WordPress caching can dramatically improve performance by reducing page load times. Instead of serving up dynamic content with each page load, WordPress can instead generate static HTML files to your visitors. This means faster page loading and less load on your server.
WordPress Caching Plugins
When it comes to WordPress caching, you can easily install one of the best WordPress caching plugins such as WP Super Cache and W3 Total Cache to cache all of your pages and posts as static files. Your server then feeds the static files to your users, thus reducing server processing load. For relatively static pages, this simple step can improve performance many fold. It’s important to understand that pages and posts with a lot of dynamic content are more difficult to configure in a caching tool. But it can still be done.
W3 Total Cache (W3TC) Plugin
The W3 Total Cache plugin combines the research of many authorities in web development. It provides a great user experience for WordPress developers.
The plugin is unique in its ability to optimize client-side and server-side performance. It adds useful optimization functionality that isn’t natively available.
W3TC helps your page caching by decreasing response times through the creation of static HTML page versions. It will automatically update cache if a page is edited or a comment is made.
It also caches database queries. This will allow your site to reduce how much time is required to generate a new page. Because of this, W3TC is useful for websites that have a lot of user comments.
W3TC also manages headers, such as cache-control, entity tag and expires. These control how web browsers cache files and can reduce server load while improving how the site performs for users.
You can use W3TC to optimize your WordPress installation in single- and multi-server environments, through dedicated or shared hosting.
WP Super Cache Plugin
WP Super Cache is a static page caching WordPress plugin. This plugin’s job is to generate HTML files that Apache serves directly. This is done without processing heavy PHP scripts, which helps make noticeable gains in speed on your site.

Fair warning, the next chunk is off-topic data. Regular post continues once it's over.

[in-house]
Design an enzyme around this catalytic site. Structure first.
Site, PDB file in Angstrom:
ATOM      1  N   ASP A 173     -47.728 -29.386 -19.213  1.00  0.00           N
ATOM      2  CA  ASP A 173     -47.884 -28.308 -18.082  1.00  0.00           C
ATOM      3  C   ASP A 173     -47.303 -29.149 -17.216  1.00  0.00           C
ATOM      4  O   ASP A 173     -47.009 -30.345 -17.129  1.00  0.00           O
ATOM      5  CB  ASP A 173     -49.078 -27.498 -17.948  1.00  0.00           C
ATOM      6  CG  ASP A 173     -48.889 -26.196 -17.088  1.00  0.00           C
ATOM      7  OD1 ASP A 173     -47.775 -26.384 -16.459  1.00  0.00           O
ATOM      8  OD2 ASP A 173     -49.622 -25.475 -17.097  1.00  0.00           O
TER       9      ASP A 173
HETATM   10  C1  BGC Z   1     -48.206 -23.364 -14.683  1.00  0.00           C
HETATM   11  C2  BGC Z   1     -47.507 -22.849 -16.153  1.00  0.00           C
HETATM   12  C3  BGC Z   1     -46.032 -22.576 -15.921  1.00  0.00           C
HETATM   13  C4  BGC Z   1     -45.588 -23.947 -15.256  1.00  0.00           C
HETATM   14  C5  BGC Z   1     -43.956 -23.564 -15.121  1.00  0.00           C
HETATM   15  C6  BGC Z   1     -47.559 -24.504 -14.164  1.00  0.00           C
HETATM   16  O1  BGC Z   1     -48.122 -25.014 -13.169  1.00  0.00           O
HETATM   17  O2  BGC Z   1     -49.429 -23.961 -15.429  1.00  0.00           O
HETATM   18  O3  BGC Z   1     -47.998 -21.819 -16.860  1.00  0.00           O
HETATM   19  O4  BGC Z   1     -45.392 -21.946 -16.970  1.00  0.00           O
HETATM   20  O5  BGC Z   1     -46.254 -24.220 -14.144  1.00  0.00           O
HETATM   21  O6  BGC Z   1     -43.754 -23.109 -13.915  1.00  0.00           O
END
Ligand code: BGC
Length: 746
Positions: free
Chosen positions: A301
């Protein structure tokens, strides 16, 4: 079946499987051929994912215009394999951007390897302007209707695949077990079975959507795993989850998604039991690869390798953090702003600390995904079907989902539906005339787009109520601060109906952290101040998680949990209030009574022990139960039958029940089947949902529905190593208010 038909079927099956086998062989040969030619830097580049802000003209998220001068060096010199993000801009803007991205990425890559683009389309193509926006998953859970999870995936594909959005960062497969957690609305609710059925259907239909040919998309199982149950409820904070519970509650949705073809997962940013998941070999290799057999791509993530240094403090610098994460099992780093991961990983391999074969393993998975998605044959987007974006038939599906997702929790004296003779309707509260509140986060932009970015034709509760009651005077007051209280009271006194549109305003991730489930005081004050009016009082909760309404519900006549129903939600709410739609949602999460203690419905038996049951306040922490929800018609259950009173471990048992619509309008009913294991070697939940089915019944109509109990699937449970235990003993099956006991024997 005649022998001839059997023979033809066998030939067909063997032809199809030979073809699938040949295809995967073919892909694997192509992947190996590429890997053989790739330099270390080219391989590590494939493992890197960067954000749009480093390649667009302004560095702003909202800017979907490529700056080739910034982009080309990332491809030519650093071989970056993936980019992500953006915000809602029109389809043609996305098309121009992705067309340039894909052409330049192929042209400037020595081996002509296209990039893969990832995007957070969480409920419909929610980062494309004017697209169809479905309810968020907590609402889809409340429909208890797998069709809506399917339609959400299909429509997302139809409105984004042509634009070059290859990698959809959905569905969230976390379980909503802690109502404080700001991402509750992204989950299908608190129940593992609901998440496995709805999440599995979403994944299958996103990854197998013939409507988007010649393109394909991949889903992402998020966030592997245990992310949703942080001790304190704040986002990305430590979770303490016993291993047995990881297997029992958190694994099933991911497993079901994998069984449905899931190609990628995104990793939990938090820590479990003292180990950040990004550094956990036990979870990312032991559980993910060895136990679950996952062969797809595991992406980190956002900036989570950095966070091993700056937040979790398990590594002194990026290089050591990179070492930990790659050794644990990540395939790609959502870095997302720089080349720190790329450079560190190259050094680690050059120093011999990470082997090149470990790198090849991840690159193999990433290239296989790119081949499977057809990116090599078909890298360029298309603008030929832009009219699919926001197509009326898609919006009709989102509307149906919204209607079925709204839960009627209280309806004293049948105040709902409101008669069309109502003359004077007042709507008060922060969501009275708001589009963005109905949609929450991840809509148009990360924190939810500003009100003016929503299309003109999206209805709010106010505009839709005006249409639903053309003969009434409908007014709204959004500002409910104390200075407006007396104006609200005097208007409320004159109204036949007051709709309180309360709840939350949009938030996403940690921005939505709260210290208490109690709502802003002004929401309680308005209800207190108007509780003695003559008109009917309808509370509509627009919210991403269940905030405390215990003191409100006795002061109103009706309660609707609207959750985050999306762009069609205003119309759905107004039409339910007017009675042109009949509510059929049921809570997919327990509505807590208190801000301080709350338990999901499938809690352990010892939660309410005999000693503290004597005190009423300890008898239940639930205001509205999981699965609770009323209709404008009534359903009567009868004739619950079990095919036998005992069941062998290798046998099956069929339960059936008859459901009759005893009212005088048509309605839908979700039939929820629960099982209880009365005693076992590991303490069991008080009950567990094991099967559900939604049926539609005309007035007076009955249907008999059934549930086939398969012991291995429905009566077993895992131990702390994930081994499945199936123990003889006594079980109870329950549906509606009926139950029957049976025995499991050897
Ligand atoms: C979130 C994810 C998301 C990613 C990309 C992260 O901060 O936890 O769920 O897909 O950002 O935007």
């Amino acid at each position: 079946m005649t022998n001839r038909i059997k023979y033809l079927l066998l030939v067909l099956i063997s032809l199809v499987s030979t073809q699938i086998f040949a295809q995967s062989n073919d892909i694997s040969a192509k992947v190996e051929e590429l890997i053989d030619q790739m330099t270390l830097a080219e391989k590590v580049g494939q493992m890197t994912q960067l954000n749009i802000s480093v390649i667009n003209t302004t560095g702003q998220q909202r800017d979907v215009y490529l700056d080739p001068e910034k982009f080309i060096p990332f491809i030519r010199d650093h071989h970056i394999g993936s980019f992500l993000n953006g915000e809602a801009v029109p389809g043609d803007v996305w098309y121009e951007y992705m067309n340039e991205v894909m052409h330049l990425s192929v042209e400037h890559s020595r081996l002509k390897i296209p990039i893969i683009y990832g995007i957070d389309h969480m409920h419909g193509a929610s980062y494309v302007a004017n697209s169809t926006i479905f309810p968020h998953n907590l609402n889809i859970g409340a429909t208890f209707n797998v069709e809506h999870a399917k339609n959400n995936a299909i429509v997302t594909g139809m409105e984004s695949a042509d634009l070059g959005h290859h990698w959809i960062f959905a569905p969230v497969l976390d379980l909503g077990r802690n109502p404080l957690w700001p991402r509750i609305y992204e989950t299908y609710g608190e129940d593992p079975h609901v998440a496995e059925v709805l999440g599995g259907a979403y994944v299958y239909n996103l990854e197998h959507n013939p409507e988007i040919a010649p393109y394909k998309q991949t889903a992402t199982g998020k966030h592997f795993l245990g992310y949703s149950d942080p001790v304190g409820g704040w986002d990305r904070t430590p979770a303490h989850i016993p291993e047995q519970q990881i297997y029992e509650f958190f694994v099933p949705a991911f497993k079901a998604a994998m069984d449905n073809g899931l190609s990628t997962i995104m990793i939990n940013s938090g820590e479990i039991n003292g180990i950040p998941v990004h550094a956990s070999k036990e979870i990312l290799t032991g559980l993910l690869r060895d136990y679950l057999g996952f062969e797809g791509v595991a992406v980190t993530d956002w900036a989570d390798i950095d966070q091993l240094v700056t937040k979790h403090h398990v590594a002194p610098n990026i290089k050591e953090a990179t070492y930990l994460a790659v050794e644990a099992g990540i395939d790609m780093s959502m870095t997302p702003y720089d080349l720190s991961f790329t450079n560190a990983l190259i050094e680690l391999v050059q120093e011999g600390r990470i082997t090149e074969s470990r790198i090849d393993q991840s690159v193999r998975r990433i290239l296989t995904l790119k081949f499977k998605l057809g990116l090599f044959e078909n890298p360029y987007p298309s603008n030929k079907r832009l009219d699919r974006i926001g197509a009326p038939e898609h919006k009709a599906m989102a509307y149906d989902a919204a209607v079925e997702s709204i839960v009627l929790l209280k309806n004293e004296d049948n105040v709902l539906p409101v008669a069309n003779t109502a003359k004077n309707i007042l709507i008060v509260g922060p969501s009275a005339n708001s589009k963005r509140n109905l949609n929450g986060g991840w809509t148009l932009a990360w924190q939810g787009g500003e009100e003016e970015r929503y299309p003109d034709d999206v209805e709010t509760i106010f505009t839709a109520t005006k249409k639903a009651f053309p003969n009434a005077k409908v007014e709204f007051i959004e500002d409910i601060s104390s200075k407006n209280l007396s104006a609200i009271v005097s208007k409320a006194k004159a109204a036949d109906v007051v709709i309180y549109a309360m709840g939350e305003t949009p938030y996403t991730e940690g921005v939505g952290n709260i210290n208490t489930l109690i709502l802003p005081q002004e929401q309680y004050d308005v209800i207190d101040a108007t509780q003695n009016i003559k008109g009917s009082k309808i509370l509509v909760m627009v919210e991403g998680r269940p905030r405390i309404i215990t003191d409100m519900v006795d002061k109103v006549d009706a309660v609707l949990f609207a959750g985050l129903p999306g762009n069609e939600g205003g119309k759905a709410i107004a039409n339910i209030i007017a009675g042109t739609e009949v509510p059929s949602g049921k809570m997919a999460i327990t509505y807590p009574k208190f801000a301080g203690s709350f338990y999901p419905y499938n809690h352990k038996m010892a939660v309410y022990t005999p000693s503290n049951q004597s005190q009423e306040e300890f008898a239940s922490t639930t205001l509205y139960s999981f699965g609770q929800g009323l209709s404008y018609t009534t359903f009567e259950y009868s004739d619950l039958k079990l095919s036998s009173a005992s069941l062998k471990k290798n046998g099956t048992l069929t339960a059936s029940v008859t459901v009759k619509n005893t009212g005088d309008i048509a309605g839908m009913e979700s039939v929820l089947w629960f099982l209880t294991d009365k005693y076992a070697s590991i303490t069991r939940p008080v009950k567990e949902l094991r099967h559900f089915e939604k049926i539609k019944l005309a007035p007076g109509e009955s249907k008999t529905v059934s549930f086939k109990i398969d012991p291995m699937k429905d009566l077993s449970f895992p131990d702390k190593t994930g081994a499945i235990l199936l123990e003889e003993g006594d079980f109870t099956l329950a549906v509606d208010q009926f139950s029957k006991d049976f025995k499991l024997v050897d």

By using this plugin, your server will serve the cached pages at the identical speed that it serves standard graphic files.
If your site struggles to keep up with it’s daily load of traffic, give WP Super Cache a try. You’ll appreciate the results.
Caching on the Server Side
Caching on your web server is a more complicated endeavor that’s most commonly used on sites with extremely high levels of traffic. There are so many available options that it’s impossible to cover all of them in this article.
However, it’s important to know that adding Alternative PHP Cache (APC) to your server will help exponentially improve your site performance. You can also use Varnish Cache in conjunction with W3 Total Cache to save pages that are pre-built and stored to memory. They’re then quickly served to users without requiring any execution from PHP, Apache or WordPress stack.
2. Image Optimization & Compression
WordPress image optimization involves reducing the file size of images without negatively impacting the way the images appear on a screen to the naked eye.
There are several ways that images can be optimized for WordPress websites, using different tools and techniques. But no matter what the specific process is, the goal is to shrink the file size without noticing any loss in image quality.
Optimizing all of your WordPress site images should be at the top of your priority list for WordPress optimization. The process of optimizing your images will make your site weigh a lot less and load faster than it ever has, capturing more new users and making them come back for more content.
After all, no matter how great your content is, it won’t matter if users leave before they consume it. Utilizing smaller file sizes means that you can fill your site with even more images without weighing it down or making it run slower.
There are three main ways to optimize images for your WordPress website:
- WordPress image optimization plugins that allow you to do the work directly from your WordPress admin dashboard.